On Fri, 20101022 at 11:12 0500, Ryan May wrote: > On Fri, Oct 22, 2010 at 9:40 AM, Christopher Fonnesbeck > > > If there are only 7 possible values of the data, which are > evenlyspaced, it should probably not go in and create more than 6 > bins as the default behavior. I know I can specify bins by hand, but > when automated it would be nice to have a more sensible default. > > It just defaults to creating 10 bins (which is identical to > numpy.histogram, which is what does the work under the hood.) If you > know how many bins you want, you can just do: > > hist(x, bins=6) > > This gives (for your example) the behavior you seem to want. I don't > know of any way that would sensibly choose a number of bins > automatically, but I'd consider a patch that proves me wrong. :) I'm moving on from IDL. From that background I used the Coyote library quite a bit, and there I found: binsize = (3.5 * numpy.std(data)) / len(data)**(0.3333) (from http://www.dfanning.com/programs/histoplot.pro known as Scott's Choice of bin size for histograms). >From the binsize and the range of the data, you then figure out an axis for the histogram). Maarten  KNMI, De Bilt T: 030 2206 747 E: Maarten.Sneep@... Room B 2.42 
From: Ryan May <rmay31@gm...>  20101022 18:40:07

On Fri, Oct 22, 2010 at 11:31 AM, Maarten Sneep <maarten.sneep@...> wrote: > On Fri, 20101022 at 11:12 0500, Ryan May wrote: >> On Fri, Oct 22, 2010 at 9:40 AM, Christopher Fonnesbeck >> >> > If there are only 7 possible values of the data, which are >> evenlyspaced, it should probably not go in and create more than 6 >> bins as the default behavior. I know I can specify bins by hand, but >> when automated it would be nice to have a more sensible default. >> >> It just defaults to creating 10 bins (which is identical to >> numpy.histogram, which is what does the work under the hood.) If you >> know how many bins you want, you can just do: >> >> hist(x, bins=6) >> >> This gives (for your example) the behavior you seem to want. I don't >> know of any way that would sensibly choose a number of bins >> automatically, but I'd consider a patch that proves me wrong. :) > > I'm moving on from IDL. From that background I used the Coyote library > quite a bit, and there I found: > > binsize = (3.5 * numpy.std(data)) / len(data)**(0.3333) > > (from http://www.dfanning.com/programs/histoplot.pro known as Scott's > Choice of bin size for histograms). Thanks for that. This actually led me here: http://en.wikipedia.org/wiki/Histogram which gives a bunch of different ways to estimate the number of bins/binsize. It might be worth looking at one of these in general. However, ironically enough, these wouldn't actually give the original poster the desired resultsthe binsizes would lead to lots of bins, many of which would be empty due to the integer data. In fact, it seems that all of these methods are going to break down due to integer data. I guess you could take the ceiling of the calculated binsize...anyone have an opinion on whether calculating binsize/nbins would be a step forward over leaving the default (of 10) and letting the user calculate if they like? Ryan  Ryan May Graduate Research Assistant School of Meteorology University of Oklahoma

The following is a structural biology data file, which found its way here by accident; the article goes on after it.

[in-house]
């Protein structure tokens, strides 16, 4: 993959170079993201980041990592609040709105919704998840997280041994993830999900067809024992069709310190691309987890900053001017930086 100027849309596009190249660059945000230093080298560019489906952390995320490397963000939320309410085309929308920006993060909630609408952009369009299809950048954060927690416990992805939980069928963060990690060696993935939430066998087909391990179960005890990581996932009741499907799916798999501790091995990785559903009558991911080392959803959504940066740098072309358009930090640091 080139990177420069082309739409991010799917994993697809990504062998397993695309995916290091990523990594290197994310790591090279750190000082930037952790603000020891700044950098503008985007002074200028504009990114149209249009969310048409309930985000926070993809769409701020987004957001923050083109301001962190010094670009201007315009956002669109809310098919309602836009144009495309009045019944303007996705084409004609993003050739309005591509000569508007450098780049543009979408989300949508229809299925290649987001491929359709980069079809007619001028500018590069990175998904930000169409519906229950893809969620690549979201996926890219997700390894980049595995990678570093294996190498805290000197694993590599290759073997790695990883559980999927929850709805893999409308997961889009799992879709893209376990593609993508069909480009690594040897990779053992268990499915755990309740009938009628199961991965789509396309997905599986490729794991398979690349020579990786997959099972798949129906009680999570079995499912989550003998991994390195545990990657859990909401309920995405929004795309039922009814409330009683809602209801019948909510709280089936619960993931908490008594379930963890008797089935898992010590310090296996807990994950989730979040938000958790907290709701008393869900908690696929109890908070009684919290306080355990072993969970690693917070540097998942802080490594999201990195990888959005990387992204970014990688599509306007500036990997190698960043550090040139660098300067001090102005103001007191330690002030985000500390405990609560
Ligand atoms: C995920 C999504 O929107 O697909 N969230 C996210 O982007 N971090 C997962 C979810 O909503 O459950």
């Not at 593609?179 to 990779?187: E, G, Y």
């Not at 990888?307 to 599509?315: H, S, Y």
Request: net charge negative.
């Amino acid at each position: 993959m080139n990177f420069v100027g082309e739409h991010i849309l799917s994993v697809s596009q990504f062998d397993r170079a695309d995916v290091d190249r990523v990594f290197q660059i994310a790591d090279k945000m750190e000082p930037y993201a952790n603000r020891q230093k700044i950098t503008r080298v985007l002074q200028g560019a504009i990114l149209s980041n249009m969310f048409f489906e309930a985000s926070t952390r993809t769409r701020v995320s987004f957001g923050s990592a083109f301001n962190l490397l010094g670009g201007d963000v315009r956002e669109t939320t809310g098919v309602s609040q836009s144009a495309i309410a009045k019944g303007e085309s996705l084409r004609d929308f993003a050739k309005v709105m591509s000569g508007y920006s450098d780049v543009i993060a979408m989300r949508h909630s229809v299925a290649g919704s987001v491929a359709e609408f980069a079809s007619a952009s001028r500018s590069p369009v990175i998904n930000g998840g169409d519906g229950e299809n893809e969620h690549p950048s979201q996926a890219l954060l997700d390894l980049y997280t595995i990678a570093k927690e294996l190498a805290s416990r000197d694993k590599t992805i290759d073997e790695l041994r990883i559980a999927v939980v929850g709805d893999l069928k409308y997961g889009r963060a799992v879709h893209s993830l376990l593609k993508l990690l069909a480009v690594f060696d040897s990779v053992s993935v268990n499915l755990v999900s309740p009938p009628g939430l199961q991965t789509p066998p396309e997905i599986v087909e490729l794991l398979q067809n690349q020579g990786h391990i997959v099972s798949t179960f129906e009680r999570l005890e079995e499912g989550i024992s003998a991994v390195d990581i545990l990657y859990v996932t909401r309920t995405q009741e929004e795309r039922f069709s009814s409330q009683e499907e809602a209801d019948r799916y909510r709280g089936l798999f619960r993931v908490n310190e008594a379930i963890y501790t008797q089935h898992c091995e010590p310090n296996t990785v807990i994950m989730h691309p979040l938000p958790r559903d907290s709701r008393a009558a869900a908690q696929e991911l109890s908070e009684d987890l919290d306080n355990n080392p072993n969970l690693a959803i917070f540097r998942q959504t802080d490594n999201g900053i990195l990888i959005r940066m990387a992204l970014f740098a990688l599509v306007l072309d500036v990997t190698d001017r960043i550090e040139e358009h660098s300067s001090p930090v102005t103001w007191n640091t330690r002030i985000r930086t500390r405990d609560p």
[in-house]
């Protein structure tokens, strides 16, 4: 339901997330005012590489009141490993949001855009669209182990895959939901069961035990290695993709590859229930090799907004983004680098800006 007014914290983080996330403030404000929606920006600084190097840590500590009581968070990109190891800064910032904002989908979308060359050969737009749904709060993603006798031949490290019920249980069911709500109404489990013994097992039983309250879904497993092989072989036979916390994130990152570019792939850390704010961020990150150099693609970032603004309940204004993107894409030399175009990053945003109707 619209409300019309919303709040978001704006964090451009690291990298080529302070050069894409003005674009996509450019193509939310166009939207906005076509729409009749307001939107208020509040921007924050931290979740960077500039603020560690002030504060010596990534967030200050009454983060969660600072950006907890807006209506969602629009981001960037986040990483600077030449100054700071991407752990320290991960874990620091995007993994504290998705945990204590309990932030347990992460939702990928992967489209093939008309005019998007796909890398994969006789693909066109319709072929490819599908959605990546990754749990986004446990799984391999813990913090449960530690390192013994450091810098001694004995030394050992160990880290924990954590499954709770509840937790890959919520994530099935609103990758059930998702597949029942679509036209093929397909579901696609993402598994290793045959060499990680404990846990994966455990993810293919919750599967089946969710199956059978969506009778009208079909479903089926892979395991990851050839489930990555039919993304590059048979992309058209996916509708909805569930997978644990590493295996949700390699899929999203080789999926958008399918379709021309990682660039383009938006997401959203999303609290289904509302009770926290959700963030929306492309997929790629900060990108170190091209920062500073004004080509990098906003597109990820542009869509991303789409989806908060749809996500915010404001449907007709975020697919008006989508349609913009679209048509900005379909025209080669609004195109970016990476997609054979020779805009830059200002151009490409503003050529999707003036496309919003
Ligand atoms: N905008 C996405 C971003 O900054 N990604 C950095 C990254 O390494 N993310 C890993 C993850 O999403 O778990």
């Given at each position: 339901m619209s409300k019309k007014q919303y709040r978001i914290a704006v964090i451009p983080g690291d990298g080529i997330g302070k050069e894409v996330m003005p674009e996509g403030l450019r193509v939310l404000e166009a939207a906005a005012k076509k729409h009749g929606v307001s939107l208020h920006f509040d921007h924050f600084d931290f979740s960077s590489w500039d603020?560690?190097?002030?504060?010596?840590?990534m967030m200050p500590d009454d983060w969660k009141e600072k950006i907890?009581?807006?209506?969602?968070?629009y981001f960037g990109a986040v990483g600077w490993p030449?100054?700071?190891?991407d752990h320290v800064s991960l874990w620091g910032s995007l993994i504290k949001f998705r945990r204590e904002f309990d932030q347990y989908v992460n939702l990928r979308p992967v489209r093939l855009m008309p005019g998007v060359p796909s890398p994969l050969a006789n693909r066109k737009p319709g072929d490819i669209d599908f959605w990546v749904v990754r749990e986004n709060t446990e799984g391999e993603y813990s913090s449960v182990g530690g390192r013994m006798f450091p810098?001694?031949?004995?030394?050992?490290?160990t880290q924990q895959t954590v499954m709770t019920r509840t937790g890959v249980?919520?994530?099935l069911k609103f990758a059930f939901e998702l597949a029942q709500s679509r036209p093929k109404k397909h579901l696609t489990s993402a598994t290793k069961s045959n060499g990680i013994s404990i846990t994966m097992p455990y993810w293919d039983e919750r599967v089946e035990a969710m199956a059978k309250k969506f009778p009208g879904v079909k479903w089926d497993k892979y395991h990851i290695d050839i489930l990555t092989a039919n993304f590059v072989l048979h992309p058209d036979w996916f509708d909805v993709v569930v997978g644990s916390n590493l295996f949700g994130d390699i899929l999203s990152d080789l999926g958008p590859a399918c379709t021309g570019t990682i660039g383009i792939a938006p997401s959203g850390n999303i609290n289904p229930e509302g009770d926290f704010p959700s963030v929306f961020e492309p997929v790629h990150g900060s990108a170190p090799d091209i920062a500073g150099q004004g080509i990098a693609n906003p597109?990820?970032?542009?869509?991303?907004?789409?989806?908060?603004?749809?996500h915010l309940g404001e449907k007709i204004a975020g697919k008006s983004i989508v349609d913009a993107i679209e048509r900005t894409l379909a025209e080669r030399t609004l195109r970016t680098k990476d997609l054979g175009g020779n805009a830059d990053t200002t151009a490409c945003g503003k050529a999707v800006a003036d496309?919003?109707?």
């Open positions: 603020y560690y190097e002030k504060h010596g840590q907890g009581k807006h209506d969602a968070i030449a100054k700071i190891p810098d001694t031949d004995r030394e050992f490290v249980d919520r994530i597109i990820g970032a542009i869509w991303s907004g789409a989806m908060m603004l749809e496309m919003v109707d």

From: Maarten Sneep <maarten.sneep@kn...>  20101025 14:32:49

On Fri, 20101022 at 13:39 0500, Ryan May wrote: > Thanks for that. This actually led me here: > http://en.wikipedia.org/wiki/Histogram which gives a bunch of > different ways to estimate the number of bins/binsize. It might be > worth looking at one of these in general. However, ironically enough, > these wouldn't actually give the original poster the desired > resultsthe binsizes would lead to lots of bins, many of which would > be empty due to the integer data. In fact, it seems that all of these > methods are going to break down due to integer data. I guess you could > take the ceiling of the calculated binsize...anyone have an opinion on > whether calculating binsize/nbins would be a step forward over leaving > the default (of 10) and letting the user calculate if they like? Integer histograms are a different beast altogether. It is not very hard to define a natural bin width for integer histograms: 1. The only sensible alternatives are integer multiples of that. import numpy as np import matplotlib.pyplot as plt data = np.int32(np.rint(200*np.random.randn(10000))) axis = np.arange(data.min(), data.max()+1) hist = np.zeros((data.max()data.min()+1,), dtype=np.int32) # unfortunately the shortcut hist[datadata.min()] += 1 does not work, # the list of indices in data is simplified before looping implicitly. # Explicit loop: for item in data: hist[itemdata.min()] += 1 plt.plot(axis,hist) plt.show() This histogram can easily be adapted to any sensible bin size, as this is the finest possible increment. With floats you have to do things the hard way because there is no such thing as a natural bin size. And yes, the np.histogram() function is much faster. hist2 = np.histogram(data, bins=data.max()data.min()) plt.plot(hist2[1][0:1]+0.5, hist2[0]) plt.show() I don't like putting the data on the binboundaries, as it is very clear what the bins can be in this case. Yes, this is not so much a hard suggestion, as it is a line of thought. Treating integer data for histograms differently from pseudo continuous data is the natural way in in my view. Scaling (grouping bins) could be done to ensure that the most populated bin contains 4*ndata/nbins points (yes, this fails for uniformly distributed data). Maarten  KNMI, De Bilt T: 030 2206 747 E: Maarten.Sneep@... Room B 2.42